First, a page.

Yesterday comments from ldw, motherissues, Essie the Accidental Mommy, and Mama Drama Times Two got me to thinking even more about this idea of "home"and the role of culture. Mama Drama noted how funny it is that a place can "feed your soul" and I definitely agree with that. I struggle mightily at times with being a SAHM these days mostly because I miss my work as a teacher and educator on a broader scale. Yet I wouldn't have it any other way and am so lucky to have the option to do this right now both because I enjoy it and my children need me to be here for them. I cannot imagine living as easily as a SAHM while living in my "old" world where most of my friends were academics and I was constantly running into my students and former students. Yet, being away from all that and in a place and space that feels so right and makes me feel at peace and at home makes all the difference in the world. I believe I am exactly where I am supposed to be and doing what I am supposed to be doing at this point in time. All of that "feeds my soul" and much of it is due to being "home." I just didn't realize how much this place did that for me but I can certainly feel it despite the challenges :-) Of course, it isn't just the place itself that does that since we cannot separate place from people, experiences, memories, etc.
For all the time I lived East whenever I said "home" I generally meant South Texas. I remember when I realized I had lived away from for a longer period than I had lived at "home." I still couldn't bring myself to call the East Coast home. I loved many aspects of my life there, especially in Boston, and I certainly had all of my friends and community there. It was home, especially once the children came. But it wasn't home. In my work with college students I often taught courses about culture and ethnicity and one of the activities we did was having students uncover the key aspects of their cultural identity. In setting up that activity I always found myself describing my "Texan" culture as a significant part of who I was and I am not what anyone might consider a serious "Texan" by many standards. I certainly don't fit many of the general criteria that would characterize someone from Texas as imagined in the minds in and out of Texas. If I were I probably wouldn't have left but I don't think I have ever had much of that so-called "Texas pride." I have some, of course, otherwise I couldn't call myself a Texan! :-)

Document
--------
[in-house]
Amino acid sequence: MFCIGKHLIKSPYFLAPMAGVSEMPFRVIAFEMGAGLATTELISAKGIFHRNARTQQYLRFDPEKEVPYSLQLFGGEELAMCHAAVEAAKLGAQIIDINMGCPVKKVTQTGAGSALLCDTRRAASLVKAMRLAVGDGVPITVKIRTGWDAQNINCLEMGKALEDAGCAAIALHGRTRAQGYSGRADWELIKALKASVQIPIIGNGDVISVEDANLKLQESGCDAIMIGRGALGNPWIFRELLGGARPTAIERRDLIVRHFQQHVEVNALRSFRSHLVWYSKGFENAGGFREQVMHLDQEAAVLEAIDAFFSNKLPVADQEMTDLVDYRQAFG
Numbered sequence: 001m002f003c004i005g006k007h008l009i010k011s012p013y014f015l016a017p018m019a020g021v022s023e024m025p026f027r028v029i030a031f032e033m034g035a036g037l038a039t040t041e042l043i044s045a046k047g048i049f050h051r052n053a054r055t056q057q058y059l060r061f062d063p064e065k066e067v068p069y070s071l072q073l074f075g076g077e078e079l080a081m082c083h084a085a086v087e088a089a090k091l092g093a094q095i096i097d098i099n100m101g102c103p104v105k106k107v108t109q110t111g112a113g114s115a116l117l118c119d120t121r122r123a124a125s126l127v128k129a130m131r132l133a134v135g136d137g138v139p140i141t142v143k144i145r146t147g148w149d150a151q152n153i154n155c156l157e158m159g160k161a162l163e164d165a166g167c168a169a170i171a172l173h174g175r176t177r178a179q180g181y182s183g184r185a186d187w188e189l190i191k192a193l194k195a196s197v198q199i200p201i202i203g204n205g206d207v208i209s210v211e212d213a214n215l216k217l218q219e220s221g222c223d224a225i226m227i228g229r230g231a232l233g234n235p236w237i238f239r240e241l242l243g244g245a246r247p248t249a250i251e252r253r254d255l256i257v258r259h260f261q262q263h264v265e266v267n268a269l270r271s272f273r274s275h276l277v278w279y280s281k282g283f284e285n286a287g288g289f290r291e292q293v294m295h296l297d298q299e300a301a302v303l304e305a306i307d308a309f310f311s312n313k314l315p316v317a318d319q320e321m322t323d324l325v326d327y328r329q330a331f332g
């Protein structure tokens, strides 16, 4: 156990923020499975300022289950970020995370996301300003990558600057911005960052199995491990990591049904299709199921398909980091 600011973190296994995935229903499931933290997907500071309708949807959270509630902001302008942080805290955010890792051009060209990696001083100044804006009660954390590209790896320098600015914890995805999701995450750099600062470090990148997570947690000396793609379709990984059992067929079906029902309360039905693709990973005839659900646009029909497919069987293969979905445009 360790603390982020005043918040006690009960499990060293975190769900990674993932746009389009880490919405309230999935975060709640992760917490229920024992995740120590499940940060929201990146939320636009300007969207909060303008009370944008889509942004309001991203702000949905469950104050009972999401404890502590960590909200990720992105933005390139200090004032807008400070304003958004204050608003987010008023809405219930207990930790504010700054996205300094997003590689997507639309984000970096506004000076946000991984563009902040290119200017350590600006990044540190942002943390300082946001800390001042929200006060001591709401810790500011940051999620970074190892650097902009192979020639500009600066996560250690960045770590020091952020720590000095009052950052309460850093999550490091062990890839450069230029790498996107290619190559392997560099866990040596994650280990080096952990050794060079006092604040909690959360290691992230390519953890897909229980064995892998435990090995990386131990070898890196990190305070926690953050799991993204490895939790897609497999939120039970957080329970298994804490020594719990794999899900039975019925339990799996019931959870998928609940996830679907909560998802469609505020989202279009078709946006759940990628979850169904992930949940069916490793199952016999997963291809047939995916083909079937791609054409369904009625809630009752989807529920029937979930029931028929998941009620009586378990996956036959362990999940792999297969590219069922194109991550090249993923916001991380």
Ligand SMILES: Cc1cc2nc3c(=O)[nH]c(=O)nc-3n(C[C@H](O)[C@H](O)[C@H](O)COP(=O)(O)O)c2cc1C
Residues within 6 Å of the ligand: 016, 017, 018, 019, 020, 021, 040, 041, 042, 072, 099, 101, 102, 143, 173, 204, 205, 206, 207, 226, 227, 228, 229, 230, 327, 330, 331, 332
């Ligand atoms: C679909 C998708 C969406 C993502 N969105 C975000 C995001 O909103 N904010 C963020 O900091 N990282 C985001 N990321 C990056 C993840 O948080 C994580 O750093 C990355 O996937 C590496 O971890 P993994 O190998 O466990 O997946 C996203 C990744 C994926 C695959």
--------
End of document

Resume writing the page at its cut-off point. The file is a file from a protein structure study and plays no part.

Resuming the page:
Maybe that is why I don't come across as a Texan when in Texas or as an East Coaster when on the East Coast. When I left for college I felt like I was someone else trapped in a Texan's body and I just couldn't relate to all that seemed to be a big part of being Texan. I know that sounds like a huge generalization and it is a generalization but one that I think is true of many places. We are products of the multiple cultures that influence us and we knowingly or unknowingly accept or reject elements of each of these cultures that still influence us no matter how "individual" we believe ourselves to be. We aren't growing up in a vacuum after all. So I internalized so many aspects of this "Texan" culture even as I was rejecting it but it took a 25 year trip away and back for me to begin to make sense of it and yes, be changed by it so there is a little bit of the the East Coaster/New Englander in me after all.
As I began raising my children in Boston which is their first home since they were all born there and they have important elements of their life there I began to recognize experiences they might never have if we stayed there. It may have been a bit nostalgic but I also knew there were things we couldn't do living in the city where we did. Even my kids notice it now. They notice that the people are "different" here and "friendlier" here even as we notice there aren't other families like ours here. They notice that kids are "nicer" to them here even as kids tell them they think that it is impossible to have 2 moms (you can imagine what happens when mine say they have 3 and start talking about birthmoms too!) They notice that people (including us) aren't rushing around they way they did in Boston and they notice that some things are really slow here. Then we start to notice the differences and miss the beautiful fall colors and of course, they miss playing in the snow!
So, yes, it is great to be "back" and "home" in Texas and when we moved here a part of me felt like I could exhale. And Essie, I think you may be on to something that explains my current fixation on the skies...the sky certainly does seem bigger in Texas than it did in Boston. :-)